If nothing else is working and there is a suspicion of SM, you could talk to your vet about using Dr. Clare Rusbridge's treatment protocol, which you can download from her website. She also has a document there that vets can read that gives lots of background on SM. If the medications for SM work, then you would know that that is likely what your dog has, and you can work on treating with medications without going the route of a costly MRI, at least initially as you decide what you wish to do. An MRI will give you a lot more information, confirm diagnosis, and would be necessary if you were to consider surgery. But given the expense of doing an MRI, and the frequency with which this condition appears in the breed, personally I think it makes more sense for many people to just try working with the recommended treatment protocol to see if that begins to help, as that is also pretty much a confirmation of diagnosis (However, many vets will not wish to undertake treatment without having a diagnosis or at least input from a neurologist and will want the owner to take the dog to a neurologist 1st). Another alternative is to see a neurologist for a clinical visit, but explain that you can't afford an MRI. Often, a neurologist can give a pretty good indication on a clinical exam, looking for various other signs of the condition, as to whether it is likely the dog has the condition or not.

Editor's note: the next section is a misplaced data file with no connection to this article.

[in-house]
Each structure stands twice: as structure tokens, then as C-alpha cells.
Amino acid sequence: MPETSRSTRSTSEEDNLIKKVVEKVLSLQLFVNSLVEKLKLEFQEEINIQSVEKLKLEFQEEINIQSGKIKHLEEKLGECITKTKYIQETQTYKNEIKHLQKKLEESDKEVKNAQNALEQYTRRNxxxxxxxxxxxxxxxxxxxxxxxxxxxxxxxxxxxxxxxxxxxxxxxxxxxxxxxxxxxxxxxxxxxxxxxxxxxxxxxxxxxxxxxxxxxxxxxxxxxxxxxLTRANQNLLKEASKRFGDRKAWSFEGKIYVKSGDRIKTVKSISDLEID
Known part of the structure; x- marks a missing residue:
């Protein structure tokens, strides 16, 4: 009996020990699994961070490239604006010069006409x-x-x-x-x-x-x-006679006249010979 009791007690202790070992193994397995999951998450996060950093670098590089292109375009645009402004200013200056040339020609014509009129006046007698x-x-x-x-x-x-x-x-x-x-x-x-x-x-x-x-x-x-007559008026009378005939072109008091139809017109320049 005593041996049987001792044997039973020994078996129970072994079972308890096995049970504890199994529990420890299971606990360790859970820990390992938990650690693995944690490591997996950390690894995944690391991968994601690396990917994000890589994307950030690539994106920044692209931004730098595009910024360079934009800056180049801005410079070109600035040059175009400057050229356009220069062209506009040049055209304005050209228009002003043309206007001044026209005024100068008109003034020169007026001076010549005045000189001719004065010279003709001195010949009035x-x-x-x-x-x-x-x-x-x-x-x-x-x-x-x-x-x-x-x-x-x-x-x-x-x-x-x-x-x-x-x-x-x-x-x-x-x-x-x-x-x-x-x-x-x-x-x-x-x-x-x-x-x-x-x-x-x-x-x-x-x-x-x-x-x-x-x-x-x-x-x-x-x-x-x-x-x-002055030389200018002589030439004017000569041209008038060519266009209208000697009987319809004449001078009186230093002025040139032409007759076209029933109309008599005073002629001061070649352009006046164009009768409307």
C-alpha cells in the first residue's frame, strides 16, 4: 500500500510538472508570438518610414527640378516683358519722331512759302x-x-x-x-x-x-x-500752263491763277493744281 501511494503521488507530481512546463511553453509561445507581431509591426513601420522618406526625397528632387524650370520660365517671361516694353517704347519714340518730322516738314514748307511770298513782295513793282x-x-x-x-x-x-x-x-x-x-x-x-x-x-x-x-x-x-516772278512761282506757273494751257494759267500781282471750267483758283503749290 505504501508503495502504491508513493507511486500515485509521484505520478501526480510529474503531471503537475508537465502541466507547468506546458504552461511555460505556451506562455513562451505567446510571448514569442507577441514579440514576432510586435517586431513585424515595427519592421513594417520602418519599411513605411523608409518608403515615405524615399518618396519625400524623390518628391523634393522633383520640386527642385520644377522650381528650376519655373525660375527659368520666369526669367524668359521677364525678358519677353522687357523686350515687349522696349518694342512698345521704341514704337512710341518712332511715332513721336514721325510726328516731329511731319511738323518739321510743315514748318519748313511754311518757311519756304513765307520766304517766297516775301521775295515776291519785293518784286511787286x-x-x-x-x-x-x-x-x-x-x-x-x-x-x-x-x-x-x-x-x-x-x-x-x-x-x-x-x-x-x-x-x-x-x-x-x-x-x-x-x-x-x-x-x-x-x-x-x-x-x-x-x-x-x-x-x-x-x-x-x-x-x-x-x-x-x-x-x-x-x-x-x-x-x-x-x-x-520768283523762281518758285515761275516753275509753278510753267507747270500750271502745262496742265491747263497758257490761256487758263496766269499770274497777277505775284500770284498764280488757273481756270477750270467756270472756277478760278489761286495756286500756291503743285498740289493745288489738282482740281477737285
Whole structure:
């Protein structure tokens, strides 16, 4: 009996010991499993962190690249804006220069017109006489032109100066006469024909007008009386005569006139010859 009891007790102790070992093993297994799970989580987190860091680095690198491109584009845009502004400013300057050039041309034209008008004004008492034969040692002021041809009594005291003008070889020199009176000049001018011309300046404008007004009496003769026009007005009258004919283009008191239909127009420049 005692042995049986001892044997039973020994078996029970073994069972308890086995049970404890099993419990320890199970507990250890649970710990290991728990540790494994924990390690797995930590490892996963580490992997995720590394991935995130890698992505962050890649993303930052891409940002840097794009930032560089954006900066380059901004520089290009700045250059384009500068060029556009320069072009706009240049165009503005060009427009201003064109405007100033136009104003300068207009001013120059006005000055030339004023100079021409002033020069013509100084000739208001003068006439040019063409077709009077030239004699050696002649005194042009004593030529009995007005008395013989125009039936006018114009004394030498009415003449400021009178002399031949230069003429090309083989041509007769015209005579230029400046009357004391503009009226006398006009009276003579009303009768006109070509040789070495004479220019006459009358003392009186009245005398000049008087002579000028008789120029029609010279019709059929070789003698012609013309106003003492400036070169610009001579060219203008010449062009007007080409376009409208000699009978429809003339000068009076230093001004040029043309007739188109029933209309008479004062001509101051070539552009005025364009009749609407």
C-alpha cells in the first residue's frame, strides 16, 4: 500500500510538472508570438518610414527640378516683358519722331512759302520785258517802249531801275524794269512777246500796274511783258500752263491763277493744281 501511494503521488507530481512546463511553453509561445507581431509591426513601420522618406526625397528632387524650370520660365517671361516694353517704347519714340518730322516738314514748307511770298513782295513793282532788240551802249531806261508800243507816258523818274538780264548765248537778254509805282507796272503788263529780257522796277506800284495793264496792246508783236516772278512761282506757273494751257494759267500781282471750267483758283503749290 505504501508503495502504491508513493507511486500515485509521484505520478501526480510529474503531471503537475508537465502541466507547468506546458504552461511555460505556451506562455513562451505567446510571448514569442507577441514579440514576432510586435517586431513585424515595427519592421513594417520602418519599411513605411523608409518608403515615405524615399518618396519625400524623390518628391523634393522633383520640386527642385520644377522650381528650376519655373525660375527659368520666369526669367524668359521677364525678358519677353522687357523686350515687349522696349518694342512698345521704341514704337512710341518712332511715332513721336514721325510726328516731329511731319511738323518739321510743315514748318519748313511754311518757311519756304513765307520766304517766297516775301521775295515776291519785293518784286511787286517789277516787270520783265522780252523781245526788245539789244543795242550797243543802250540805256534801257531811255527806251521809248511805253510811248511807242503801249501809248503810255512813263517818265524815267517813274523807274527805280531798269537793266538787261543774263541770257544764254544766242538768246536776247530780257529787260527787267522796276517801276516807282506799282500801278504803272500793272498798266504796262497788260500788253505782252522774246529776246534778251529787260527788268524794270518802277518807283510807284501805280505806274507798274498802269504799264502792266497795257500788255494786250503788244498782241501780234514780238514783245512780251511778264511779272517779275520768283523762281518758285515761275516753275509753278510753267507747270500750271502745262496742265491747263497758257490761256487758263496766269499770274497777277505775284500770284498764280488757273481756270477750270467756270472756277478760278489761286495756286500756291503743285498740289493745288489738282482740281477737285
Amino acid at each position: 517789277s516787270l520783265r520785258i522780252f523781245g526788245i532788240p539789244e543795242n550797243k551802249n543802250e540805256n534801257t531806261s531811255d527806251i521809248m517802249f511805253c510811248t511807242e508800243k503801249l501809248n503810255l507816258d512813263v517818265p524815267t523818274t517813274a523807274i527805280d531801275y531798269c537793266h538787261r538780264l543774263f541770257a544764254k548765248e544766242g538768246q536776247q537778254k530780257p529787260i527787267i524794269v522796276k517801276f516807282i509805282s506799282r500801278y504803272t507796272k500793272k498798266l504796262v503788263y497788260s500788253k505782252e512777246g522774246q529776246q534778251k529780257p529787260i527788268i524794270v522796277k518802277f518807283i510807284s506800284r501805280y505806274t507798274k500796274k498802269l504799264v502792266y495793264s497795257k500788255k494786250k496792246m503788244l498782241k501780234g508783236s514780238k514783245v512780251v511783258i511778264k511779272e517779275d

All that said, only an MRI can give a definitive diagnosis. And if you do find that you are dealing with SM, I'd be sure to let the breeder know as they should MRI their own breeding stock, if they are not doing this already. There are many low-cost programs that would enable them to do this in the UK, and hence, no excuse for any responsible breeder to neglect this important step in working towards breed health.
has my dog got SM?